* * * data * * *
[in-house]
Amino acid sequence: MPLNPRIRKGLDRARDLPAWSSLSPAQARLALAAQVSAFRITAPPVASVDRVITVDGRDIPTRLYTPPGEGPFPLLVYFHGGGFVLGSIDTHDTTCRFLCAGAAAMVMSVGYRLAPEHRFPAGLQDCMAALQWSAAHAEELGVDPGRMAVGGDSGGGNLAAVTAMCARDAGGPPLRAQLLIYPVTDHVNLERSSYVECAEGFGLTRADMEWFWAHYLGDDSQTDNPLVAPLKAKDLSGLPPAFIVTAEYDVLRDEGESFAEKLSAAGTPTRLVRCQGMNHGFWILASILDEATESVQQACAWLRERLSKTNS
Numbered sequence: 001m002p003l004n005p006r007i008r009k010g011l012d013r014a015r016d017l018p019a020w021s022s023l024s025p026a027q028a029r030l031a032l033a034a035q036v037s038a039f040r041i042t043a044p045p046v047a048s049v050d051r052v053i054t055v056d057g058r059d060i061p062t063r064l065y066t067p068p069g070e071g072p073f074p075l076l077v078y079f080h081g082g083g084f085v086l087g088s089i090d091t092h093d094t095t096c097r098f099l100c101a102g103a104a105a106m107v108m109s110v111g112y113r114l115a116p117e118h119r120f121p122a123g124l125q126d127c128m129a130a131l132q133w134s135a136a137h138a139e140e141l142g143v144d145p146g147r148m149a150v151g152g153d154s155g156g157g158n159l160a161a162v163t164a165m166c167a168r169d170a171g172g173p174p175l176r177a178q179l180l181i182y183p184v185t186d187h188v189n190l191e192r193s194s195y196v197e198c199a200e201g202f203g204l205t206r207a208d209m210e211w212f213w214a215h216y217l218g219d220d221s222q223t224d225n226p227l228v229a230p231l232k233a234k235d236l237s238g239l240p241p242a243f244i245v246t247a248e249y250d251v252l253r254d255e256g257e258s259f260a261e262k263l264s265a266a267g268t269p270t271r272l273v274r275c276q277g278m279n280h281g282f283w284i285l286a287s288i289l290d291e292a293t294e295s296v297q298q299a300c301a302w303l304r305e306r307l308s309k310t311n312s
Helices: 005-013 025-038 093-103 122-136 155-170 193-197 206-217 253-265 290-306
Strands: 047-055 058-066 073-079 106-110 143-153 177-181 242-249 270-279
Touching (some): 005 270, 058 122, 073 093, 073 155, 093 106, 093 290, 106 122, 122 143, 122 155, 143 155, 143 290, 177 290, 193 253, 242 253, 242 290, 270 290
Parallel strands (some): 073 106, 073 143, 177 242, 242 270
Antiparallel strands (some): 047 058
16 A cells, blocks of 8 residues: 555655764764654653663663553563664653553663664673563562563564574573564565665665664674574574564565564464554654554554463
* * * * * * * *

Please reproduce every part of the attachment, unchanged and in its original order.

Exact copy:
[in-house]
Amino acid sequence: MPLNPRIRKGLDRARDLPAWSSLSPAQARLALAAQVSAFRITAPPVASVDRVITVDGRDIPTRLYTPPGEGPFPLLVYFHGGGFVLGSIDTHDTTCRFLCAGAAAMVMSVGYRLAPEHRFPAGLQDCMAALQWSAAHAEELGVDPGRMAVGGDSGGGNLAAVTAMCARDAGGPPLRAQLLIYPVTDHVNLERSSYVECAEGFGLTRADMEWFWAHYLGDDSQTDNPLVAPLKAKDLSGLPPAFIVTAEYDVLRDEGESFAEKLSAAGTPTRLVRCQGMNHGFWILASILDEATESVQQACAWLRERLSKTNS
Numbered sequence: 001m002p003l004n005p006r007i008r009k010g011l012d013r014a015r016d017l018p019a020w021s022s023l024s025p026a027q028a029r030l031a032l033a034a035q036v037s038a039f040r041i042t043a044p045p046v047a048s049v050d051r052v053i054t055v056d057g058r059d060i061p062t063r064l065y066t067p068p069g070e071g072p073f074p075l076l077v078y079f080h081g082g083g084f085v086l087g088s089i090d091t092h093d094t095t096c097r098f099l100c101a102g103a104a105a106m107v108m109s110v111g112y113r114l115a116p117e118h119r120f121p122a123g124l125q126d127c128m129a130a131l132q133w134s135a136a137h138a139e140e141l142g143v144d145p146g147r148m149a150v151g152g153d154s155g156g157g158n159l160a161a162v163t164a165m166c167a168r169d170a171g172g173p174p175l176r177a178q179l180l181i182y183p184v185t186d187h188v189n190l191e192r193s194s195y196v197e198c199a200e201g202f203g204l205t206r207a208d209m210e211w212f213w214a215h216y217l218g219d220d221s222q223t224d225n226p227l228v229a230p231l232k233a234k235d236l237s238g239l240p241p242a243f244i245v246t247a248e249y250d251v252l253r254d255e256g257e258s259f260a261e262k263l264s265a266a267g268t269p270t271r272l273v274r275c276q277g278m279n280h281g282f283w284i285l286a287s288i289l290d291e292a293t294e295s296v297q298q299a300c301a302w303l304r305e306r307l308s309k310t311n312s
Helices: 005-013 025-038 093-103 122-136 155-170 193-197 206-217 253-265 290-306
Strands: 047-055 058-066 073-079 106-110 143-153 177-181 242-249 270-279
Touching (some): 005 270, 058 122, 073 093, 073 155, 093 106, 093 290, 106 122, 122 143, 122 155, 143 155, 143 290, 177 290, 193 253, 242 253, 242 290, 270 290
Parallel strands (some): 073 106, 073 143, 177 242, 242 270
Antiparallel strands (some): 047 058
16 A cells, blocks of 8 residues: 555655764764654653663663553563664653553663664673563562563564574573564565665665664674574574564565564464554654554554463